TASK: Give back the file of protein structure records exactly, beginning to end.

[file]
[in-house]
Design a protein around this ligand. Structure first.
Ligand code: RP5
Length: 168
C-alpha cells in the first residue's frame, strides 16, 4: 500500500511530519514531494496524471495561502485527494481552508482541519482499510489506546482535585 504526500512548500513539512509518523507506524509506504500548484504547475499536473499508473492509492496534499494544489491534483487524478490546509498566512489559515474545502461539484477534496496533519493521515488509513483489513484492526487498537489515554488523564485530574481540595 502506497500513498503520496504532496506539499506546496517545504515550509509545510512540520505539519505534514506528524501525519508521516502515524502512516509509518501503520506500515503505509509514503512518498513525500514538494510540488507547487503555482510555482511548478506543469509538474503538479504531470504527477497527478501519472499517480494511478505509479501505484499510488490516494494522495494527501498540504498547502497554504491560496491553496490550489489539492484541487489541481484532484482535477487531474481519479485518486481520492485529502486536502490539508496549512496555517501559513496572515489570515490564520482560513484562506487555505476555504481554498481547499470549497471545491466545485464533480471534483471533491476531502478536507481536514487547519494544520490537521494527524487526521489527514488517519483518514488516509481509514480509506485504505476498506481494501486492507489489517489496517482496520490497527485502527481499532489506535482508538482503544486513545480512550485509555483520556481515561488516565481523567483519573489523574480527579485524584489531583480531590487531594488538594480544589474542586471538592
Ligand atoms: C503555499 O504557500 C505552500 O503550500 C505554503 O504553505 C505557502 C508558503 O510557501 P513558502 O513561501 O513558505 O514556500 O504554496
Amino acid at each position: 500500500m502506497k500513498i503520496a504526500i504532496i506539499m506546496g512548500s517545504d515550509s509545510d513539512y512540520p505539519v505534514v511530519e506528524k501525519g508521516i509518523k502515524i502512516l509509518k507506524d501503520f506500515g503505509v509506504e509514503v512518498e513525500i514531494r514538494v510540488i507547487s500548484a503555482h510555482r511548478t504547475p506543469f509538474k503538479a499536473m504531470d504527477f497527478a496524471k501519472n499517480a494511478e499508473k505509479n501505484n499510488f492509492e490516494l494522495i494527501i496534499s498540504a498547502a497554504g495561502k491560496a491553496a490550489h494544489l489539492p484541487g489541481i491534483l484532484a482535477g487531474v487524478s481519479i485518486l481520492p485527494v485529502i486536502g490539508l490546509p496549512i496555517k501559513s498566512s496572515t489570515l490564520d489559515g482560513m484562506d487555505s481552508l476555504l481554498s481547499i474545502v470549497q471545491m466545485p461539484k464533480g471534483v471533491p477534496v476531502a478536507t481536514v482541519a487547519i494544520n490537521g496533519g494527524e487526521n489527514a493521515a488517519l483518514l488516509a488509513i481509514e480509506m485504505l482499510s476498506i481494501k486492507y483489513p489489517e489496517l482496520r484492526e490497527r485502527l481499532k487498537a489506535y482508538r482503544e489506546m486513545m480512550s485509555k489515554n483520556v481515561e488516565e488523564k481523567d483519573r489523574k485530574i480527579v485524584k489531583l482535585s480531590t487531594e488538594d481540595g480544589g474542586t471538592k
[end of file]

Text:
[in-house]
Design a protein around this ligand. Structure first.
Ligand code: RP5
Length: 168
C-alpha cells in the first residue's frame, strides 16, 4: 500500500511530519514531494496524471495561502485527494481552508482541519482499510489506546482535585 504526500512548500513539512509518523507506524509506504500548484504547475499536473499508473492509492496534499494544489491534483487524478490546509498566512489559515474545502461539484477534496496533519493521515488509513483489513484492526487498537489515554488523564485530574481540595 502506497500513498503520496504532496506539499506546496517545504515550509509545510512540520505539519505534514506528524501525519508521516502515524502512516509509518501503520506500515503505509509514503512518498513525500514538494510540488507547487503555482510555482511548478506543469509538474503538479504531470504527477497527478501519472499517480494511478505509479501505484499510488490516494494522495494527501498540504498547502497554504491560496491553496490550489489539492484541487489541481484532484482535477487531474481519479485518486481520492485529502486536502490539508496549512496555517501559513496572515489570515490564520482560513484562506487555505476555504481554498481547499470549497471545491466545485464533480471534483471533491476531502478536507481536514487547519494544520490537521494527524487526521489527514488517519483518514488516509481509514480509506485504505476498506481494501486492507489489517489496517482496520490497527485502527481499532489506535482508538482503544486513545480512550485509555483520556481515561488516565481523567483519573489523574480527579485524584489531583480531590487531594488538594480544589474542586471538592
Ligand atoms: C503555499 O504557500 C505552500 O503550500 C505554503 O504553505 C505557502 C508558503 O510557501 P513558502 O513561501 O513558505 O514556500 O504554496
Amino acid at each position: 500500500m502506497k500513498i503520496a504526500i504532496i506539499m506546496g512548500s517545504d515550509s509545510d513539512y512540520p505539519v505534514v511530519e506528524k501525519g508521516i509518523k502515524i502512516l509509518k507506524d501503520f506500515g503505509v509506504e509514503v512518498e513525500i514531494r514538494v510540488i507547487s500548484a503555482h510555482r511548478t504547475p506543469f509538474k503538479a499536473m504531470d504527477f497527478a496524471k501519472n499517480a494511478e499508473k505509479n501505484n499510488f492509492e490516494l494522495i494527501i496534499s498540504a498547502a497554504g495561502k491560496a491553496a490550489h494544489l489539492p484541487g489541481i491534483l484532484a482535477g487531474v487524478s481519479i485518486l481520492p485527494v485529502i486536502g490539508l490546509p496549512i496555517k501559513s498566512s496572515t489570515l490564520d489559515g482560513m484562506d487555505s481552508l476555504l481554498s481547499i474545502v470549497q471545491m466545485p461539484k464533480g471534483v471533491p477534496v476531502a478536507t481536514v482541519a487547519i494544520n490537521g496533519g494527524e487526521n489527514a493521515a488517519l483518514l488516509a488509513i481509514e480509506m485504505l482499510s476498506i481494501k486492507y483489513p489489517e489496517l482496520r484492526e490497527r485502527l481499532k487498537a489506535y482508538r482503544e489506546m486513545m480512550s485509555k489515554n483520556v481515561e488516565e488523564k481523567d483519573r489523574k485530574i480527579v485524584k489531583l482535585s480531590t487531594e488538594d481540595g480544589g474542586t471538592k